God gives those up to their own heart’s lust who are determined to give themselves up to be led by them.
Those who will listen to the counsels of His Spirit will find those joys and consolations which always reward the obedient.
1 Sing aloud unto God our strength: make a joyful noise unto the God of Jacob.
2 Take a psalm, and bring hither the timbrel, the pleasant harp with the psaltery.
3 Blow up the trumpet in the new moon, in the time appointed, on our solemn feast day.
4 For this was a statute for Israel, and a law of the God of Jacob.
5 This he ordained in Joseph for a testimony, when he went out through the land of Egypt: where I heard a language that I understood not.
6 I removed his shoulder from the burden: his hands were delivered from the pots.
7 Thou calledst in trouble, and I delivered thee; I answered thee in the secret place of thunder: I proved thee at the waters of Meribah. Selah.
8 Hear, O my people, and I will testify unto thee: O Israel, if thou wilt hearken unto me;
9 There shall no strange god be in thee; neither shalt thou worship any strange god.
10 I am the LORD thy God, which brought thee out of the land of Egypt: open thy mouth wide, and I will fill it.
11 But my people would not hearken to my voice; and Israel would none of me.
12 So I gave them up unto their own hearts’ lust: and they walked in their own counsels.
13 Oh that my people had hearkened unto me, and Israel had walked in my ways!
14 I should soon have subdued their enemies, and turned my hand against their adversaries.
15 The haters of the LORD should have submitted themselves unto him: but their time should have endured for ever.
16 He should have fed them also with the finest of the wheat: and with honey out of the rock should I have satisfied thee.
Psalm 1 – J. Vernon McGee
Psalm 81:1-7 – Sing unto God, the Deliverer
It is supposed that this psalm was composed for use at the great Hebrew festivals and especially at the Passover, which is referred to in Psalm 81:5-7, 10. See also II Chronicles 30:21. Let us remember to celebrate the redemption of the Cross, where our Paschal Lamb was sacrificed. We must celebrate, here and hereafter, the love that rescued us from the burden and the basket, at Sinai and Meribah. Baskets have been found in the sepulchral vaults at Thebes, and were doubtless used for carrying the clay or the manufactured bricks. They are symbols of the drudgery and slavery of sin, when we served a hard taskmaster, whose wages is death.
If we are in trouble, let us quote Psalm 81:7, call on God, and reckon on His delivering helpfulness. He will answer from “the secret place of thunder.” He comes out of His secret place. Especially when the thunder of a broken law is in our ears, let us hasten to the Redeemer, who has fulfilled the law in our stead. Let us maintain by faith our standing in Him; then we shall be as they who look down from the high mountains on the thunder-storm at our feet. —Through the Bible Day by Day
Psalm 81:7—Thou calledst… I delivered; I answered thee in the secret place of thunder.
Such trouble as Israel passed through in the Exodus comes but once in the history of a nation. From the brick-kilns and treasure-cities which they built, God’s people called to Him with strong crying and tears, extorted by insupportable sorrows. Still more did they need to cry for help when they stood between the Egyptians and the waters of the Red Sea. From the beach a nation’s call rose to God. Then was their trouble and heart-travail—a nation in throes of pain! Are you in trouble? Call upon God in the day of trouble; He will answer.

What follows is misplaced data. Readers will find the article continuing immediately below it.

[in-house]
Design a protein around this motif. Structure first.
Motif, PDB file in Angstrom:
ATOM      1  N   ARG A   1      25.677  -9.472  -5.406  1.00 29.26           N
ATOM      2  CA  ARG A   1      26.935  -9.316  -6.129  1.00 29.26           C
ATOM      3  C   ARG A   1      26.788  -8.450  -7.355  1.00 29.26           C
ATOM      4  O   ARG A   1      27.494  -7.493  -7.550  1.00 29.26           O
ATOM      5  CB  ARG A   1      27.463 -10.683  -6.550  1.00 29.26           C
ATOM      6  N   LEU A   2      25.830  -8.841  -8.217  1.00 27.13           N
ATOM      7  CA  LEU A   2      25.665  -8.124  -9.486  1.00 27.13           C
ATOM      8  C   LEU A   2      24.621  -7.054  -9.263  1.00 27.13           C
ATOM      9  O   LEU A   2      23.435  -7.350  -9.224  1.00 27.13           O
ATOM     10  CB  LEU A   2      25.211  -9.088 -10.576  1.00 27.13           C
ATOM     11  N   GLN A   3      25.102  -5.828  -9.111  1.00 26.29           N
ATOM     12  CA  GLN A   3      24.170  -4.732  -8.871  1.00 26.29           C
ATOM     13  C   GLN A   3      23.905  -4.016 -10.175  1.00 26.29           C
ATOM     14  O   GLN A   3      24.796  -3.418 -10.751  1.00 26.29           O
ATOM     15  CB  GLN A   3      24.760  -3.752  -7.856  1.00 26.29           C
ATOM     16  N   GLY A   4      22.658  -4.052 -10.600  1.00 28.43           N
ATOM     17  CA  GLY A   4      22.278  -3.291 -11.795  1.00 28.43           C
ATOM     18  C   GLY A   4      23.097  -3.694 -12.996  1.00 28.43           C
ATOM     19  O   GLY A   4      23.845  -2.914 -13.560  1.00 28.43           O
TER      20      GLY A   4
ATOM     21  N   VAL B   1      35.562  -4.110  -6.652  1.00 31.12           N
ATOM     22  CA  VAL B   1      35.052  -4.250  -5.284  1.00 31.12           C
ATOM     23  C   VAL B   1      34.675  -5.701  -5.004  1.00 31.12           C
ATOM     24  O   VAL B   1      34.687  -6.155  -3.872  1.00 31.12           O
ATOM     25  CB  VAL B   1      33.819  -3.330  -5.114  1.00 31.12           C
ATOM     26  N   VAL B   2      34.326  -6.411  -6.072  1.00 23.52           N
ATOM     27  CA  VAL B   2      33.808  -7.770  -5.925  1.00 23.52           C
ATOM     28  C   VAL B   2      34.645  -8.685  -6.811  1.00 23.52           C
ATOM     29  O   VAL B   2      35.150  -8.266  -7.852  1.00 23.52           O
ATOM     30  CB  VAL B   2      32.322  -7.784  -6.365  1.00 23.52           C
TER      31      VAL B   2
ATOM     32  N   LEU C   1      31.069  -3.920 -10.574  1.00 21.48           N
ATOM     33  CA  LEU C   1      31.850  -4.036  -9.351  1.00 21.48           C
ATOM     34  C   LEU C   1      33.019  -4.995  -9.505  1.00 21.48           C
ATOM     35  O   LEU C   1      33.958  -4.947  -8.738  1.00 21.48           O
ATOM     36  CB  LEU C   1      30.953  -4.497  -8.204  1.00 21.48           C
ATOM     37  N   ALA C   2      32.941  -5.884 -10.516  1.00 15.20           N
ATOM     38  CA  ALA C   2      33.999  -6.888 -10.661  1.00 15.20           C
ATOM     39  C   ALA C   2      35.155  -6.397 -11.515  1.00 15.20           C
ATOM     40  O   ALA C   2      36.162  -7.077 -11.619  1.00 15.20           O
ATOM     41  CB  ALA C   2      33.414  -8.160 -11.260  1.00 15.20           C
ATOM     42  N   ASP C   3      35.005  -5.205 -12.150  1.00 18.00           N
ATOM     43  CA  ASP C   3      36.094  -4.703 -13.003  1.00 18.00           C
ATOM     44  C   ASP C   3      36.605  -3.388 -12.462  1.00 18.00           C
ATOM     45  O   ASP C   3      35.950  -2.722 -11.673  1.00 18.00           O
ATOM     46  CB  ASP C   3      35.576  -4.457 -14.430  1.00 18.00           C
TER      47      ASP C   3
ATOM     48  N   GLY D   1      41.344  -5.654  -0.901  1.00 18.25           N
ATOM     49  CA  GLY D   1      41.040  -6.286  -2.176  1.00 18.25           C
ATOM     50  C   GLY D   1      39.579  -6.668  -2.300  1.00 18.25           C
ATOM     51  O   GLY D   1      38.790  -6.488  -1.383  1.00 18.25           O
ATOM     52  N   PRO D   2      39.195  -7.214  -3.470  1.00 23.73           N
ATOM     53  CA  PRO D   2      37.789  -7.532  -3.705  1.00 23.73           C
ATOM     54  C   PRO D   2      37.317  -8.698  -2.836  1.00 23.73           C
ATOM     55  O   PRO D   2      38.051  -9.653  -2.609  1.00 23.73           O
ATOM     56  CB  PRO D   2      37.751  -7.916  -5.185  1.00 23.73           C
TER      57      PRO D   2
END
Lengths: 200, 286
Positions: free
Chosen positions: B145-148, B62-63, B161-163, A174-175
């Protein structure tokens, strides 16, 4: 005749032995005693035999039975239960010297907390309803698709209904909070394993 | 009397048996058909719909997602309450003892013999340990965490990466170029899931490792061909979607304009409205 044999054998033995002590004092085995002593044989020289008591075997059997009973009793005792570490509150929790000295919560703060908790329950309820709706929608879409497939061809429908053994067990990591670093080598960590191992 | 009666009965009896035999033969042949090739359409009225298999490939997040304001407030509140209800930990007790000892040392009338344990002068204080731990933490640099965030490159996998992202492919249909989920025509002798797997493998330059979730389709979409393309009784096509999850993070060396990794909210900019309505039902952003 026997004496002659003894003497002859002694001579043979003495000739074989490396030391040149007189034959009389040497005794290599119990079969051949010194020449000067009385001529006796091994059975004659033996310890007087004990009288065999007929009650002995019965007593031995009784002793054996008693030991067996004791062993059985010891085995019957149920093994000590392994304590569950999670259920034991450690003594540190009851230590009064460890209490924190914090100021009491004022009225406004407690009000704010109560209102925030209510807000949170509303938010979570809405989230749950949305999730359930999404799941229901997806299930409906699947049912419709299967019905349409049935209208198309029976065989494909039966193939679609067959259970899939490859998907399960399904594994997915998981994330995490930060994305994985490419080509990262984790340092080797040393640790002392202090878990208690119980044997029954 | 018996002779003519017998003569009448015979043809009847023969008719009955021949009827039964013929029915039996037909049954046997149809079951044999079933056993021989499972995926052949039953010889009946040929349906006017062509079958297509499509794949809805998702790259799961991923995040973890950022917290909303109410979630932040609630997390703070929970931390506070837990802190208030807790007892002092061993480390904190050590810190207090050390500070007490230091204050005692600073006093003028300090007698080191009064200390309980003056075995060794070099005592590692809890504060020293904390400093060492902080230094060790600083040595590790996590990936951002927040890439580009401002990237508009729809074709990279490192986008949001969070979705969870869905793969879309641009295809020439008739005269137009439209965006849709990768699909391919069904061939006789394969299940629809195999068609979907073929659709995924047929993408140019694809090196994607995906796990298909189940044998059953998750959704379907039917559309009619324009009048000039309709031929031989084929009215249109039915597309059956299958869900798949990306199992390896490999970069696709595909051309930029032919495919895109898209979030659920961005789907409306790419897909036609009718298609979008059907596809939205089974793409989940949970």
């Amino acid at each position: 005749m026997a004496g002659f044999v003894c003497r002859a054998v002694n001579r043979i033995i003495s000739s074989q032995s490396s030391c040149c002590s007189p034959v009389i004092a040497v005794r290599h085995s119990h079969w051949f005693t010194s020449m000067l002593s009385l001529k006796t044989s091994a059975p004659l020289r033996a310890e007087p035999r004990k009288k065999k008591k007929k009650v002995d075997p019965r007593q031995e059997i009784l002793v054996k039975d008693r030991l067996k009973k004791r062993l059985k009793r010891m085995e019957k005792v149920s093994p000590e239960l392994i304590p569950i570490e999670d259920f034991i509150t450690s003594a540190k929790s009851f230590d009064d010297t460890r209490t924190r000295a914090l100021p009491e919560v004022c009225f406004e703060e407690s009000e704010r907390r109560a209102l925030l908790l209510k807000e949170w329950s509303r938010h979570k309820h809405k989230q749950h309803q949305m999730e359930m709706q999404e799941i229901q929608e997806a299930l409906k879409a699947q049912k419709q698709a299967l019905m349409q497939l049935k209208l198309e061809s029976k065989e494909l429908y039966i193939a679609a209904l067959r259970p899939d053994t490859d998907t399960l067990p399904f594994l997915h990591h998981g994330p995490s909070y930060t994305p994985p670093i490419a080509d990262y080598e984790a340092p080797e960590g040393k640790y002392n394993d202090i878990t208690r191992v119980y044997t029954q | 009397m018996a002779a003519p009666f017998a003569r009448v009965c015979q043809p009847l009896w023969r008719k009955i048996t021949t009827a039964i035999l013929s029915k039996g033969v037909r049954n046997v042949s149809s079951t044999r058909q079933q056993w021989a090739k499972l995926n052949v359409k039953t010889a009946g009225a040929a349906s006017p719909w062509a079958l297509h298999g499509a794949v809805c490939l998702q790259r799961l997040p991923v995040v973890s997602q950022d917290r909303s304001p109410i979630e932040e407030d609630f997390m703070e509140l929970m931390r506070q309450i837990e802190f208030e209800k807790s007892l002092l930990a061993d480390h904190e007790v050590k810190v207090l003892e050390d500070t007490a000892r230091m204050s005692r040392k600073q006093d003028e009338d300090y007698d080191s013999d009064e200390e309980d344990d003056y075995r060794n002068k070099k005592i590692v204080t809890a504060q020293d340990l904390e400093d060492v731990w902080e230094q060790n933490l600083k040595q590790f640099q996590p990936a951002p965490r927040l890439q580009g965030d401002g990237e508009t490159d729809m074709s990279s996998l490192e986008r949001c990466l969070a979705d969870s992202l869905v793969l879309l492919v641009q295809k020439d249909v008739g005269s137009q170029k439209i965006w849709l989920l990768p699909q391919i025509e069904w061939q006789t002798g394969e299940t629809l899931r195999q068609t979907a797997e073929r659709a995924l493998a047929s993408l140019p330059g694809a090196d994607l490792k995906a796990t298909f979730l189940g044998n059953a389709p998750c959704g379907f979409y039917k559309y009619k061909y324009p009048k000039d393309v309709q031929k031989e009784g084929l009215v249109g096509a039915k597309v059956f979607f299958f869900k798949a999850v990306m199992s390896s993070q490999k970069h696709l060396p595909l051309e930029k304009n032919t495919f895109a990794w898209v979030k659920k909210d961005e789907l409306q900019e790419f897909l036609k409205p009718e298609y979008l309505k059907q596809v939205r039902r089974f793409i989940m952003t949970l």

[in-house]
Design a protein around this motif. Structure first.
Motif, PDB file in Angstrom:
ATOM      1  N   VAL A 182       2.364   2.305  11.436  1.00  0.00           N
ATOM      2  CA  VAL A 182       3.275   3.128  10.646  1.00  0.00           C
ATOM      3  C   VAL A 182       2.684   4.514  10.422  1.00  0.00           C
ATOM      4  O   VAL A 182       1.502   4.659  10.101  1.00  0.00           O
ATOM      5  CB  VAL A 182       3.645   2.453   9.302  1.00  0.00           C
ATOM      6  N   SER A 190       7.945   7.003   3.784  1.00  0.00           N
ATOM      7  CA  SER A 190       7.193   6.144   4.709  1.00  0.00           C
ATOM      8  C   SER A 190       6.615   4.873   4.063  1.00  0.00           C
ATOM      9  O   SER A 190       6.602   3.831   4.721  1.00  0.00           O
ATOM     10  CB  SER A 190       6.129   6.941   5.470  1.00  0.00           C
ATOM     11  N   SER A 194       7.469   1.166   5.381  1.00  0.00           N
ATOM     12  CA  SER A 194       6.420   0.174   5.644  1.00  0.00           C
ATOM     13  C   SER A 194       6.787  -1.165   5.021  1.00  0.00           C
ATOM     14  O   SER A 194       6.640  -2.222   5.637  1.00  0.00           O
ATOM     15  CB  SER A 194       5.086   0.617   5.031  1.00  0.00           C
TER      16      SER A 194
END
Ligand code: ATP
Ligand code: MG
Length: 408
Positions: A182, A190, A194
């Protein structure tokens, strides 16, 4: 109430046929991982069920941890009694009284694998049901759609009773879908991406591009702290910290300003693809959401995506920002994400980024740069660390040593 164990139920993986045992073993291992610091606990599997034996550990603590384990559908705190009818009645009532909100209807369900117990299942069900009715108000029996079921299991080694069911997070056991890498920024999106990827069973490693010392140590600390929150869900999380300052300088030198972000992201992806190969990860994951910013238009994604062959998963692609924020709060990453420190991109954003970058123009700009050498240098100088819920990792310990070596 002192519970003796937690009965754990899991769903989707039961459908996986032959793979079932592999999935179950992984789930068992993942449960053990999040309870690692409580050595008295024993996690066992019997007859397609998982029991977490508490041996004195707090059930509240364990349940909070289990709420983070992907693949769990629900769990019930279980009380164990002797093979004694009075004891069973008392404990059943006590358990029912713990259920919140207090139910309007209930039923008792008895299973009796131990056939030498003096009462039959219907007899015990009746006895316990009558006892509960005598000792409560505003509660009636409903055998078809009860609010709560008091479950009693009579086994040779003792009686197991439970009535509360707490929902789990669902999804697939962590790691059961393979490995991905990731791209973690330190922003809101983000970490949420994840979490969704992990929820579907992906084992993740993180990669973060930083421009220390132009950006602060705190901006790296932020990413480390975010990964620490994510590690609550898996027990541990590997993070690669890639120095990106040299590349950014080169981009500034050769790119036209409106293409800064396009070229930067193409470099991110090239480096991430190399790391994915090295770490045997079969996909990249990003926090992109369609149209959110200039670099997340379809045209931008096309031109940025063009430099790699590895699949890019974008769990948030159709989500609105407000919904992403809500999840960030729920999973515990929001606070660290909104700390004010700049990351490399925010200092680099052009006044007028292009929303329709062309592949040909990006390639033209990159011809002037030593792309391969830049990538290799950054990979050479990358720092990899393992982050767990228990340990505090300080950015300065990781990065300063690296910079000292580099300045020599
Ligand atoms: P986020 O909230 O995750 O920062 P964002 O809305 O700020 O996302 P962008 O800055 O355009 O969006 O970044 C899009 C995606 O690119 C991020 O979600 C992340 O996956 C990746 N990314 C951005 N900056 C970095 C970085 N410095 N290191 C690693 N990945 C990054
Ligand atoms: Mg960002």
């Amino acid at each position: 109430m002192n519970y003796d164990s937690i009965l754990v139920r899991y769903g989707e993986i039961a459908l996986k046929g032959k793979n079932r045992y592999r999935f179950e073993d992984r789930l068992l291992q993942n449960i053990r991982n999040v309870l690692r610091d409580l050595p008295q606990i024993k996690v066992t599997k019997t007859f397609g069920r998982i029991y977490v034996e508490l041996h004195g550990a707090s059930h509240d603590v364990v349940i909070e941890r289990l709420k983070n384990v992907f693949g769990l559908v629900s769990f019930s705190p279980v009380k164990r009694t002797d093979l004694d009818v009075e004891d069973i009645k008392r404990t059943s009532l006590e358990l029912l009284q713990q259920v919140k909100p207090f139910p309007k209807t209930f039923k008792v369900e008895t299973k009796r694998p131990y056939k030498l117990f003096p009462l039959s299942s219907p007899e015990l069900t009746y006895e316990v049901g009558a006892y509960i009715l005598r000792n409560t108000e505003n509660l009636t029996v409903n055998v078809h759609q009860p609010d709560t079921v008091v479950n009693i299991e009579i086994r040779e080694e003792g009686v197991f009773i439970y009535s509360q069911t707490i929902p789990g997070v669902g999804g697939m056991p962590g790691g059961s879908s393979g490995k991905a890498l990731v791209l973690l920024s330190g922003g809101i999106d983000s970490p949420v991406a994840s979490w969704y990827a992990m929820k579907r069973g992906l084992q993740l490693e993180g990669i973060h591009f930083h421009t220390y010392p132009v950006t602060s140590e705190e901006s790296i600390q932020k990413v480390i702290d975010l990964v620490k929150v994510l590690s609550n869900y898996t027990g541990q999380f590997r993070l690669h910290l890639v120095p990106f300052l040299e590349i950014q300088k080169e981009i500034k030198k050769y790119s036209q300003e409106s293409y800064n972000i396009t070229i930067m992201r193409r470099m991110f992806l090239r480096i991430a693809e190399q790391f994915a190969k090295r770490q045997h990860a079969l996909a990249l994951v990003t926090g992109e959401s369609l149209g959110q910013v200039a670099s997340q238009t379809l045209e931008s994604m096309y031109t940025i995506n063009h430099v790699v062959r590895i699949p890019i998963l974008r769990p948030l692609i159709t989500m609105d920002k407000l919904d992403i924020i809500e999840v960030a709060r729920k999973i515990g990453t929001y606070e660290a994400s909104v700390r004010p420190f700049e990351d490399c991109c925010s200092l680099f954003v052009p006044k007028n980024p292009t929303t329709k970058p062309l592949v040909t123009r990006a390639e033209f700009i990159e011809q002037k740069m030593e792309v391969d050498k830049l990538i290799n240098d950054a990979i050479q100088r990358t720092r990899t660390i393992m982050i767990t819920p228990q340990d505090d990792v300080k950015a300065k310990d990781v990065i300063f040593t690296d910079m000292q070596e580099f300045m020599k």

God’s answers are often in the secret place of thunder. From his pavilion of cloud God spoke in tones of thunder that pealed over the heavily-breaking surf of the Red Sea. Several of the Psalms allude to the thunderstorm that rolled through the night of the passage through the deep. The march of Israel was to the roll of thunder. The peals of heaven’s artillery struck dismay into the hearts of the alien; but it was as though the Father was speaking to his children, the people with whom He was in covenant.
God’s answer to our prayer is often in thunder-tones that hurtle through the air. By terrible things in righteousness He answers us. When Jesus asked the Father to glorify His name, the quiet reply, “I have… and will,” which He understood, sounded like thunder to the bystanders. Happy the child who in thunder-claps detects the Father’s voice, and in mystic characters of flame reads the Father’s handwriting! While, at Sinai, the people trembled at the repeated thunder-peals reverberating above them, Moses went into the thunder-covert where God was. There is no fear in love, because perfect love casteth out the fear that hath torment. —Our Daily Homily
Psalm 81:8-16 – “If Thou Wilt Hearken unto Me”
God wants our emptiness, which seems to Him like the gaping beak of the young fledgling, Psalm 81:10. Give me room! is his incessant appeal. It must be the wonder of eternity, and it will certainly be our regret when we come to review our life, that we have asked so little. Give me room! cries the river, as it comes with a rush to the plains. Give me room! cries the wind, as it searches into the narrow courts and alleys of the slums. Give me room! says the Spirit of God, as He breathes around the house of our heart, seeking by any tiny crack to enter.
In the closing Psalm 81:13-16, we have an enumeration of all the blessings which would be ours, if only we would open our mouths wide. God would constitute Himself as our champion in subduing our enemies—the temptations from without and the inward warrings of selfishness and passion. He would give us unbroken and enduring blessedness. He would allow us to eat of His flesh and drink of His blood, which are meat and drink indeed. He would surely satisfy us with the sweet honey of His love. Let us begin to claim these benefits! —Through the Bible Day by Day